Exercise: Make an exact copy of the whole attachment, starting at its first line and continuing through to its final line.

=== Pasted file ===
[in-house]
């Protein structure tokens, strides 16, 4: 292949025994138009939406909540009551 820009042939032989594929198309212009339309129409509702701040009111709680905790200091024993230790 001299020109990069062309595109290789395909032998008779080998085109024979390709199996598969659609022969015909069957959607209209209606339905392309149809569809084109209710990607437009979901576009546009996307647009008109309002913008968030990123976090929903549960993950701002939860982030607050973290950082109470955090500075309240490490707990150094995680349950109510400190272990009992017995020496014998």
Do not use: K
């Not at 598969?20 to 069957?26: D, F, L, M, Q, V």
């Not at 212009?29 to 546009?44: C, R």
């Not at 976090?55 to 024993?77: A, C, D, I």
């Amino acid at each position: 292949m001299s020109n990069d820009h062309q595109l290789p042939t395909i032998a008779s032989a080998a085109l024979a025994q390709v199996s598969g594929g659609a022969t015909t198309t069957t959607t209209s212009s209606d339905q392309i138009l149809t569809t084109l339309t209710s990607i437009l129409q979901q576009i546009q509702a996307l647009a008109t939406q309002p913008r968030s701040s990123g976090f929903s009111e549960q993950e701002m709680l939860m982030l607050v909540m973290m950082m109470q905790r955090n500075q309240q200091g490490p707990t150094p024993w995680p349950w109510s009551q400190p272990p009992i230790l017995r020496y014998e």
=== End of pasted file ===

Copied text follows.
[in-house]
């Protein structure tokens, strides 16, 4: 292949025994138009939406909540009551 820009042939032989594929198309212009339309129409509702701040009111709680905790200091024993230790 001299020109990069062309595109290789395909032998008779080998085109024979390709199996598969659609022969015909069957959607209209209606339905392309149809569809084109209710990607437009979901576009546009996307647009008109309002913008968030990123976090929903549960993950701002939860982030607050973290950082109470955090500075309240490490707990150094995680349950109510400190272990009992017995020496014998």
Do not use: K
């Not at 598969?20 to 069957?26: D, F, L, M, Q, V």
């Not at 212009?29 to 546009?44: C, R």
């Not at 976090?55 to 024993?77: A, C, D, I």
């Amino acid at each position: 292949m001299s020109n990069d820009h062309q595109l290789p042939t395909i032998a008779s032989a080998a085109l024979a025994q390709v199996s598969g594929g659609a022969t015909t198309t069957t959607t209209s212009s209606d339905q392309i138009l149809t569809t084109l339309t209710s990607i437009l129409q979901q576009i546009q509702a996307l647009a008109t939406q309002p913008r968030s701040s990123g976090f929903s009111e549960q993950e701002m709680l939860m982030l607050v909540m973290m950082m109470q905790r955090n500075q309240q200091g490490p707990t150094p024993w995680p349950w109510s009551q400190p272990p009992i230790l017995r020496y014998e």